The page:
Before we announce the winners of the 2023 MyEntWorld Critics’ Pick Awards, we’re proud to present our annual Nominee Interview Series.


Outstanding Performance (Musical) nominee Greg Solomon’s performance as Leo Frank in Wavestage Theatre Company’s Parade was a highlight of 2023. Playing an incredibly complex real person and nailing Jason Robert Brown’s taxing score, Greg proved himself more than worthy of his place in this category beside some of Canadian musical theatre’s biggest names on the biggest stages.


Do you remember your first experience with theatre?

My first experience with theatre was in Grade 10. I joined the Sears Ontario Drama Festival production at my highschool, and we did a musical called Colour Our World With All Of Us. We were all crayons. I don’t like thinking about it much.


When did you first start singing? Tell us about finding and developing your voice.

I first started taking singing seriously in grade 12 when I did a production of Rent as a part of the Theatre Aquarius Performing Arts Program (where I met some of my best friends and my now fiancee, Jess Clement). I had never really sung before, but vocal coach Tom Oliver took me under his wing, and taught me most of everything I know about singing.


How did you get involved with Parade?

I received a DM on Facebook Messenger from director Sarah Langford. We’d never met and weren’t even Facebook friends, but I received a message request that was a copy and paste mass message along the lines of “We’re casting Parade!”. Living in Hamilton, I kind of put the idea out of my head, but the thought of potentially playing Leo, my bucket-list role, was too enticing to not throw my hat in the ring,


What are some of the rewards and challenges of playing a real person? Did you do much research while preparing for the role?

Playing a real person immediately raises the stakes, which is a gift for any performer. There’s an added pressure of bringing justice to the individual, and to the story. I did tons of research. I read multiple books on the trial and the life of Leo Frank, and a month before rehearsal, my fiancee and I were driving home from Florida and detoured through Georgia to visit the Leo Frank Memorial Site. It was a really special moment. Unbeknownst to us, we actually visited the site on the anniversary of his lynching. Strange how it worked out that way.


Tell us about the process of learning and performing Jason Robert Brown’s complex score.

Luckily I’ve been a fan of Parade for the last 14 years, so the music was already pretty wired into my brain. It’s an incredibly rewarding experience to analyze the music and motifs. For example, it was embarrassingly late in the game when I realized “How Can I Call This Home” and “It’s Hard To Speak My Heart” are melodically the same. It offers a performer a lot.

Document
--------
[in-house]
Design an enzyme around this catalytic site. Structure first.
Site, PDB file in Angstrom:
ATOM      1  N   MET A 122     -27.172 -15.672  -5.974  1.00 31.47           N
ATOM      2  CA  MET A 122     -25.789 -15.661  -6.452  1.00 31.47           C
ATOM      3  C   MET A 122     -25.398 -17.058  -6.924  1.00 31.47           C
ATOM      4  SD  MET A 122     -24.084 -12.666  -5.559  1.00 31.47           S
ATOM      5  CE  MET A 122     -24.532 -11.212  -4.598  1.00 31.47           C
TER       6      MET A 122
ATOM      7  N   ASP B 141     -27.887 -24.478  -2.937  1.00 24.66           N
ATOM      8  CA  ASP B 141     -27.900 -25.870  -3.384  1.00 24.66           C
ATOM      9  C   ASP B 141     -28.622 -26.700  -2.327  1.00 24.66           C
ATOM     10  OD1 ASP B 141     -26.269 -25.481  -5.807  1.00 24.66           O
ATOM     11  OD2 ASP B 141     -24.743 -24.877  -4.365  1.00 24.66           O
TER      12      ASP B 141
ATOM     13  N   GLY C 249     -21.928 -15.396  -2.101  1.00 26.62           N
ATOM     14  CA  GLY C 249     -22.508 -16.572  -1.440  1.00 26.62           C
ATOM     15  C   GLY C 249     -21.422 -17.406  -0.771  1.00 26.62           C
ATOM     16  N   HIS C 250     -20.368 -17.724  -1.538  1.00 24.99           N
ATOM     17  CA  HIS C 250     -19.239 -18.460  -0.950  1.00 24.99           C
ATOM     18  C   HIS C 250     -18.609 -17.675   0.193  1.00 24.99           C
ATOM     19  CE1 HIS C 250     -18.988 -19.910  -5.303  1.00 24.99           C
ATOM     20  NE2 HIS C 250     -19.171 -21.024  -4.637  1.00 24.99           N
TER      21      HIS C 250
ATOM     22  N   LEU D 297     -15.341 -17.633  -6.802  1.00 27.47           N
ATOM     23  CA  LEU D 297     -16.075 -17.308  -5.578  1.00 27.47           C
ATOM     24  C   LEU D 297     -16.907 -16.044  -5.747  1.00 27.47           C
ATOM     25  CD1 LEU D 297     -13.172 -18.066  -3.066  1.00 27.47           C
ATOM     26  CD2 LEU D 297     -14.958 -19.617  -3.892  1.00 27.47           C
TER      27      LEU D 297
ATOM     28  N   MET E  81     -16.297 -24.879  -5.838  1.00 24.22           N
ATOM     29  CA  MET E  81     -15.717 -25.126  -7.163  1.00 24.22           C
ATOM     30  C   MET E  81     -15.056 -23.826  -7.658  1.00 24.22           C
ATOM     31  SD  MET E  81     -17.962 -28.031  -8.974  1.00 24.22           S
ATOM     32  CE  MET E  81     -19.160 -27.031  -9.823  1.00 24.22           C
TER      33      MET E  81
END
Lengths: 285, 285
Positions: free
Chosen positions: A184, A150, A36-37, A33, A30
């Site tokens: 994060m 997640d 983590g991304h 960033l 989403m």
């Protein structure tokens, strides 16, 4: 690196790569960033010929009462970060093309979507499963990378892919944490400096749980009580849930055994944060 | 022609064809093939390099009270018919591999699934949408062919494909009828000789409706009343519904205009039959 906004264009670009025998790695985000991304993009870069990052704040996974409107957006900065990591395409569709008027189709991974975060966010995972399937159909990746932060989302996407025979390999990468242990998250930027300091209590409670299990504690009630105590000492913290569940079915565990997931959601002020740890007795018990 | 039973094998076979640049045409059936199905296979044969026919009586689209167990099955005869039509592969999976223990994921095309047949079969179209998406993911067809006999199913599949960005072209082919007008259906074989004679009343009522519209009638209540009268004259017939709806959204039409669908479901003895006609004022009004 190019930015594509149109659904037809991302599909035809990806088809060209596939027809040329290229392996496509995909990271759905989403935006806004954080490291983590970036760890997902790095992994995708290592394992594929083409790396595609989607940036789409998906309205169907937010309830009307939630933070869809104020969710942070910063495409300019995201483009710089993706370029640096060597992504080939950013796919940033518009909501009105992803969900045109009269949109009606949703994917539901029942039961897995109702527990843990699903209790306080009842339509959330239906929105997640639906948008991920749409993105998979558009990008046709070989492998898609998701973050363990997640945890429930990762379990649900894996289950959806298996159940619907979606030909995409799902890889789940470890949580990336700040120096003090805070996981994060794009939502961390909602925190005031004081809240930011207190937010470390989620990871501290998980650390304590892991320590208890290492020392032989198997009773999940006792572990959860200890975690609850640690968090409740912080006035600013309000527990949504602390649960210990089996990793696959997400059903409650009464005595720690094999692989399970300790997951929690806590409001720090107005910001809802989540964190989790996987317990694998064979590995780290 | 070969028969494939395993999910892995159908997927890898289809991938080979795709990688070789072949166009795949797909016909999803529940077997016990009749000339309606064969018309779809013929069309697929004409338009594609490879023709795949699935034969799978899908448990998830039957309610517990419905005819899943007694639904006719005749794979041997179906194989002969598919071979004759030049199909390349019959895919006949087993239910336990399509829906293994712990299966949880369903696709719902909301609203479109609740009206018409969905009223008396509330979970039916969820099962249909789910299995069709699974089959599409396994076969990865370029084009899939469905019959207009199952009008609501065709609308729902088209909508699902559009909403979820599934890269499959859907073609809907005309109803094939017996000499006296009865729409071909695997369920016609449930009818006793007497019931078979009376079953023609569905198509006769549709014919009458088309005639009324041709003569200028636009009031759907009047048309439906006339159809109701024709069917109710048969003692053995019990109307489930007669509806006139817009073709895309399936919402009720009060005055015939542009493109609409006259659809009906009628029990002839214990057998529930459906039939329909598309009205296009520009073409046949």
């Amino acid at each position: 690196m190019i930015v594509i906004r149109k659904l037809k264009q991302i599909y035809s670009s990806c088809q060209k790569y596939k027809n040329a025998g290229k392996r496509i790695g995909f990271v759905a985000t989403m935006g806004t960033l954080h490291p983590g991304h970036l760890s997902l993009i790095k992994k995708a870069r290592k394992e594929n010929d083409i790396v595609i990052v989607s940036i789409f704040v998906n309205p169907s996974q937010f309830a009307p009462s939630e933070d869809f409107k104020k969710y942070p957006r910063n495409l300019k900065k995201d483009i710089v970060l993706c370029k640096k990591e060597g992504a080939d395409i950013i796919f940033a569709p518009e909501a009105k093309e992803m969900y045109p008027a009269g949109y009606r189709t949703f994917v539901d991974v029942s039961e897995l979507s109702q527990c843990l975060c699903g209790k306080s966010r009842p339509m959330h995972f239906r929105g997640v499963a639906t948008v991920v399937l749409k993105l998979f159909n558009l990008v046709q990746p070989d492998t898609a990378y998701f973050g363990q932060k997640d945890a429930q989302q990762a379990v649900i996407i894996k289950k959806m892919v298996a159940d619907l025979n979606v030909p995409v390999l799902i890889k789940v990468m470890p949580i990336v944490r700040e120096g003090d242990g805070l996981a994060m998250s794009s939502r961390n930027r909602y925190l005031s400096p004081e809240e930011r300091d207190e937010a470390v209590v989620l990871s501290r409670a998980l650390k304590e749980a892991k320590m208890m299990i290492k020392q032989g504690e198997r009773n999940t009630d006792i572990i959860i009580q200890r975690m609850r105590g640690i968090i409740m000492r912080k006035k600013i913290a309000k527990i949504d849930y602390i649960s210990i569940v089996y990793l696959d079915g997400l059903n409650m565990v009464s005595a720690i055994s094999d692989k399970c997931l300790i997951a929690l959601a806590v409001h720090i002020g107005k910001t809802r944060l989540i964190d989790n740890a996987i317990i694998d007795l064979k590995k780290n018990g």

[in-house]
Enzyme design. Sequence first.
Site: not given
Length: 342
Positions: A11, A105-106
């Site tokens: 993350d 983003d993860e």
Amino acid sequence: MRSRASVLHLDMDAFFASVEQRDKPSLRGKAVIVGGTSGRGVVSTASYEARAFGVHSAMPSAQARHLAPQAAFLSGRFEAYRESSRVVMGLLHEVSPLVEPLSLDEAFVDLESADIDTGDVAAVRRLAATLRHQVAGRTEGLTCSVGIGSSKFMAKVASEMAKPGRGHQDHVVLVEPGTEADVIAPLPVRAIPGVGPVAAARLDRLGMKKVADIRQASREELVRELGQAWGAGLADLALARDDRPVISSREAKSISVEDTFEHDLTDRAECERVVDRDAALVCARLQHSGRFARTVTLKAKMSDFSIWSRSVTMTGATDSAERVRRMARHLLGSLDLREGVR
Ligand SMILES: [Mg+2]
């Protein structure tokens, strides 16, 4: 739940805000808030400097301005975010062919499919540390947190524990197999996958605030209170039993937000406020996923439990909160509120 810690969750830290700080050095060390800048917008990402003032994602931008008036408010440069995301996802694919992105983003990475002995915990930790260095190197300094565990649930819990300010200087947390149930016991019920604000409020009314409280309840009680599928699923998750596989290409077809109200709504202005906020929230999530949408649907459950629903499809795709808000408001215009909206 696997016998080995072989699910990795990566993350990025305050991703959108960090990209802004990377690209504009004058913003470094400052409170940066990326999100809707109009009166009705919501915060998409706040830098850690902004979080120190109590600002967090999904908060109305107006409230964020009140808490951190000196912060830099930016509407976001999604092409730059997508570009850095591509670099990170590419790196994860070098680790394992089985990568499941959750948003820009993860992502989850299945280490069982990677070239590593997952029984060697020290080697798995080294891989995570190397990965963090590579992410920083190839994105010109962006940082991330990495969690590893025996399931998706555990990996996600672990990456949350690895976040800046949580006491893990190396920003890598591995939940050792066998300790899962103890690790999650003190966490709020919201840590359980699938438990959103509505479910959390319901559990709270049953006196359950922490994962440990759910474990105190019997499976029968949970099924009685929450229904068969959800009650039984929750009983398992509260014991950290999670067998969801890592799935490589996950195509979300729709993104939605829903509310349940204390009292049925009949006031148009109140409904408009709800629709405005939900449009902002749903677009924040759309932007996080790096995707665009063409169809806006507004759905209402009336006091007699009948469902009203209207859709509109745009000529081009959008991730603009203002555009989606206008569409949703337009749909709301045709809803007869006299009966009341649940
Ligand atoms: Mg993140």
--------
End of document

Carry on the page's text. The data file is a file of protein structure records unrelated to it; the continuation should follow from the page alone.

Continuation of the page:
Tell us about working with the rest of the cast.

I didn’t know what to expect out of Wavestage. I knew the expectations were high, insisting on being completely offbook on day one, including harmonies. At the first rehearsal, when the group sang the opening number, I swear it sounded like it did when we opened the show. It was the most unbelievable moment. The group is one of the most talented, and kindest, I’ve ever been a part of.


What were some of the most interesting conversations you remember having with your director in developing your interpretation of the role?

Sarah and Rhiannon were very trusting in letting me find my way into Leo’s skin. The one thing they consistently encouraged was to fight the urge to be liked by the audience right away, because then it would give me nothing to work for during numbers like “It’s Hard To Speak My Heart” during the trial. The more alienated I felt from the rest of the characters and the audience, the more terrifying it felt.


Did you have a favourite moment in the production?

If I had to pick one, it would be the picnic scene leading into “All The Wasted Time”. Working alongside Jesse Levy was an absolute blessing, and I’ve never felt more supported on or offstage by a castmate, and ultimately, a friend… but also “Rumblin’ and Rollin’”, because that song slaps and Kanier Hodge and Keena Eloise are amazing.


Do you have anything you’d like to plug?

Not really! There are a couple of cool shows I’ve been workshopping for the past few years with some really exciting creative teams, so find me on Instagram or whatever to keep in touch or see what’s going on!


Do you have anything you’d like to add?

Thank you so much for considering me amongst such an incredible list of performers. I’ve been out of the game for a while now, so it’s very validating to be recognized for my work. I miss stepping into Leo’s shoes very much.